Lastly, we used a combination of X-ray crystallography, NMR spectroscopy and MD simulations to study specificity of the interaction between Drosophila Hox proteins and their DNA target sites. Hox proteins are transcription factors specifying segment identity during embryogenesis of bilaterian animals. The DNA binding homeodomains have been shown to confer specificity to the different Hox paralogs, while being very similar in sequence and structure. Our results underline earlier findings about the importance of the N-terminal arm and linker region of Hox homeodomains, the cofactor Exd, as well as DNA shape, for specificity. A comparison of predicted DNA shapes based on sequence alone with the shapes observed for different DNA target sequences in four crystal structures when in complex with the Drosophila Hox protein AbdB and the cofactor Exd, shows that a combined ”induced fit”/”conformational selection” mechanism is the most likely mechanism by which Hox homeodomains recognize DNA shape and achieve specificity.
The minor groove widths for all sequences is close to identical for all ternary complexes found in the different crystal structures, whereas predicted shapes vary between the different DNA sequences. The sequences that have shown higher affinity to AbdB in vitro have a predicted DNA shape that matches the observed DNA shape in the ternary complexes more closely than the sequences that show low in vitro affinity to AbdB. This strongly suggests that the AbdB-Exd complex selects DNA sequences with a higher propensity to adopt the final shape in their unbound form, leading to higher affinity.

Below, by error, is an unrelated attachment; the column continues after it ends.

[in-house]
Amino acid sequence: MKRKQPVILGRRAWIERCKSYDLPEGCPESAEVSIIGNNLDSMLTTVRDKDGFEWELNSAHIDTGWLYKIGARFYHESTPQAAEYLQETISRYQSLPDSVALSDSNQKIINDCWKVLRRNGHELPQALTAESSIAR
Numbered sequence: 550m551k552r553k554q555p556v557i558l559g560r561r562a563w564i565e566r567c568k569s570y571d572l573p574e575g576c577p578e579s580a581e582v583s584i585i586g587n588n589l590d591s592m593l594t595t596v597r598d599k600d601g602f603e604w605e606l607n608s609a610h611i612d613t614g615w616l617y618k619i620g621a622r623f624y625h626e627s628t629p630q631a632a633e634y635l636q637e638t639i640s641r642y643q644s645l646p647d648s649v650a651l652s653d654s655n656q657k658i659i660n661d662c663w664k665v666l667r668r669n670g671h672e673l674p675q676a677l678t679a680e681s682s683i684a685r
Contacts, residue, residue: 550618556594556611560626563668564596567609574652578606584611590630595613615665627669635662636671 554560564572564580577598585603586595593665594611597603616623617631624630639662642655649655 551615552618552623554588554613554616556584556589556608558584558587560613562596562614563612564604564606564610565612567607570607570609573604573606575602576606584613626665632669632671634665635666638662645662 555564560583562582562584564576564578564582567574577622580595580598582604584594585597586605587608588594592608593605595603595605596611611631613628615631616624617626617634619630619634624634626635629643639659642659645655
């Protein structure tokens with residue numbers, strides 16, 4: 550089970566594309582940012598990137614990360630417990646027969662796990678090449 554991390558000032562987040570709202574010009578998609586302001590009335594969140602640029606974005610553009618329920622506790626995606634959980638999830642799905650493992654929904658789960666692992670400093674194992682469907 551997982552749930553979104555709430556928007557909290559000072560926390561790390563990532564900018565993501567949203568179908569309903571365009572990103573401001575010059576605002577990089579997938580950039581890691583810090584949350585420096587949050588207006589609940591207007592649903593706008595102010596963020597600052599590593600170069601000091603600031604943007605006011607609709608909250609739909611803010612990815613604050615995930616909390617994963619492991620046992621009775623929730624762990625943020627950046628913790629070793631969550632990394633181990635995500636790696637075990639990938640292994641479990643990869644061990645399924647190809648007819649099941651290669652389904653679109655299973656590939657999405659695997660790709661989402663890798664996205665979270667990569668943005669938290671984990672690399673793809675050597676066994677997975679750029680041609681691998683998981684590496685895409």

An additional AbdB monomer binding site with a strongly preformed binding competent shape is observed for one of the oligomers in the reverse complement strand of one of the canonical (weak) Hox-Exd complex binding site. The shape preference seems strong enough for AbdB monomer binding to compete with AbdB-Exd dimer binding to that same oligomer, suggested by the presence of both binding modes in the same crystal. The monomer binding site is essentially able to compete with the dimer binding site, even though binding with the cofactor is not possible, because its shape is very close to the ideal shape.
A comparison of different crystal structures solved herein and in the literature as well as a set of molecular dynamics simulations was performed and led to insights about the importance of residues in the Hox N-terminal arm for the preference of certain Hox paralogs to certain DNA shapes. Taken together all these insights contribute to our understanding of Hox specificity in particular as well as protein-DNA interactions in general.


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More About This Work

Academic Units
Biochemistry and Molecular Biophysics
Thesis Advisors
Palmer III, Arthur G.
Ph.D., Columbia University
Published Here
January 29, 2016